Your Rolls may be comfortable, but it won’t impress these connoisseurs if it’s completely ‘stock’. The valet’s highest praise is reserved for custom detailing; they’re suckers for beautiful carpets, cross-stitched colored leather and even, in the case of some of Allan’s regulars, hand-stitched seatbelts.
The Rolls Royce Phantom’s Starlight Headliner, a bespoke feature.
At night, the best luxury cars come alive inside. Dustin talks reverently about the Rolls Royce – some have LED lighting in the ceiling that spreads gentle starlight on the interior. A faint neon-like glow emanates from the recesses of the Rolls Royce’s door handles, setting a gentle ambiance in the cars.
Ferraris, on the other hand, can be a nightmare. The F430 has a single measly ceiling light, leaving the interior in almost total darkness. The stripped-down Porsche GT3 is even worse. Seriously Porsche, how much do a few LEDs weigh?
The Rolls Royce Phantom Coupé. Yes, that’s an umbrella in the door.
Like the rest of us, the valets extrapolate a lot about a car from very little. The way the door opens tells them everything they need to know about build quality: “Rolls Royces have great doors,” says Allan. “They’re heavy but smooth, you don’t have to work to close them, and you know when they’ve engaged.” Clever branding makes them pleased to be in a prestige car. To start an Aston Martin, you put the key into the marque badge on the dashboard. The doors of a Rolls Royce Phantom have branded umbrellas built into them.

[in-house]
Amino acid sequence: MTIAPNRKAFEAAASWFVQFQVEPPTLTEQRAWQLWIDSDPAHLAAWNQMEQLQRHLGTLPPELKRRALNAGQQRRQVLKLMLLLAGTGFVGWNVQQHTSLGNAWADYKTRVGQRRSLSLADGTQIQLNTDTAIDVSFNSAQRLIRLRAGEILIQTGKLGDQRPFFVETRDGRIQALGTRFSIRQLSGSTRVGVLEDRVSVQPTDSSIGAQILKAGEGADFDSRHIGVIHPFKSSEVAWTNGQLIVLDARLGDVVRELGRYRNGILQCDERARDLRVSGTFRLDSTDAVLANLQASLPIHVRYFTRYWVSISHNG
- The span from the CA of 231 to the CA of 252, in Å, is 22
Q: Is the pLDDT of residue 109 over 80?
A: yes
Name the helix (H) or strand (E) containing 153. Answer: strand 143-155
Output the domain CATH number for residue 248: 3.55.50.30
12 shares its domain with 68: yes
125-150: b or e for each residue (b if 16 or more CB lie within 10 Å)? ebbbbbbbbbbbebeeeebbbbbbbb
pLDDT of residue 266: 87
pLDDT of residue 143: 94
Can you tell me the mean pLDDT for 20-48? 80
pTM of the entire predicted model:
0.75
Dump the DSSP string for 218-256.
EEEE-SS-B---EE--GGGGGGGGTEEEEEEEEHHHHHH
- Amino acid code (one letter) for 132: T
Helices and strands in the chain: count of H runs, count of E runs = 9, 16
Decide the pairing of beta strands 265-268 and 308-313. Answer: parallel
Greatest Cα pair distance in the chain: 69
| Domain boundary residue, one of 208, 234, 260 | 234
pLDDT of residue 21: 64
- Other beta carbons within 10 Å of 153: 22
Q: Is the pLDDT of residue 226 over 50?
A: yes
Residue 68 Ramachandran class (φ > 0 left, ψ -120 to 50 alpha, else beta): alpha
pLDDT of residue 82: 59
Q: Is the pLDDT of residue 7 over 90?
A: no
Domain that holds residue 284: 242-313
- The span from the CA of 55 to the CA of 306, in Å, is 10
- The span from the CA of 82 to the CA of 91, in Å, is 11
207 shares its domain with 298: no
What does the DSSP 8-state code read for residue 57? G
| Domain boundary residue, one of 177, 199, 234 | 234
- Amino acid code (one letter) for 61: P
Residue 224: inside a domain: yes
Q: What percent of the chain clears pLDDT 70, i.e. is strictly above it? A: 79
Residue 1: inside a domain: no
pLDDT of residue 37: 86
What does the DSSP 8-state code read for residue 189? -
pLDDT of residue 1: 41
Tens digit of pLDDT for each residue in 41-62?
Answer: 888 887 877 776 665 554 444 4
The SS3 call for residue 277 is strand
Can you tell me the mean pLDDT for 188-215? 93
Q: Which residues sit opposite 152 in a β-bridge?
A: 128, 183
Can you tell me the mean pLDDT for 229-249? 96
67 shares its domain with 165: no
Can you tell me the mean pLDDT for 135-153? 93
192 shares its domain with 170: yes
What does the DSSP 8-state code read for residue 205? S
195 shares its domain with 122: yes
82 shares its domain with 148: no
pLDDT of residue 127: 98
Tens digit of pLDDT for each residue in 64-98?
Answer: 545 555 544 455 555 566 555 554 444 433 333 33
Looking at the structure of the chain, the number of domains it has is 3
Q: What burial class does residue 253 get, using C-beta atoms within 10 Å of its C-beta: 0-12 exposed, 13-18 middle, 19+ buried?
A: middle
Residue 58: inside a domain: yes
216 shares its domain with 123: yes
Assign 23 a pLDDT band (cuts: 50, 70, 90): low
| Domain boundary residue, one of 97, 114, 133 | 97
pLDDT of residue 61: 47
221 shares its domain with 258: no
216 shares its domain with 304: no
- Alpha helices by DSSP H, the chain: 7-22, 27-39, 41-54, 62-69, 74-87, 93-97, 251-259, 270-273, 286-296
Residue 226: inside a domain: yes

Valets were unimpressed with most technologies – maybe they don’t drive the cars for long enough to appreciate them. But then, how far does your customer drive your new model before they buy it? Technology isn’t what makes these cars special. Sensuality, the feel of a steering wheel, the weight of a clutch, even the smell of the interior all count for far more, even in the stripped-down racing machines.
At Ford, they used to say, “People don’t want innovation. They want leather.” Maybe that’s not true in the mass market. But up in the luxury stratosphere, it’s absolutely the case. It’s not enough to put carbon fiber in your car. Like Lexus in their LFA, you have to make carbon fiber sensual.
All valets have The Conversation. “If you won the lottery, what car would you buy?” I spoke to quite a few pros, and their answers varied, but were almost completely German. The Audi R8 for its performance. BMW’s M3 and M5 for their gimmick-free driving pleasure.
The losers? Anything that’s hard to maneuver. Hummers. The Porsche GT3 RS (stressful to reverse thanks to its ‘whale tail’). And Maseratis, which rattle.
Luxury car valets may not be in the market for a performance car right now. But they may have more to tell luxury car designers about their jobs than their regular customers. That’s why top innovation companies like ours seek out extreme opinions like theirs. After all, how many Ferrari drivers are going to admit that their pride and joy could be improved?
How might the edges of culture inform your innovation strategy?
This article was originally featured on Forbes.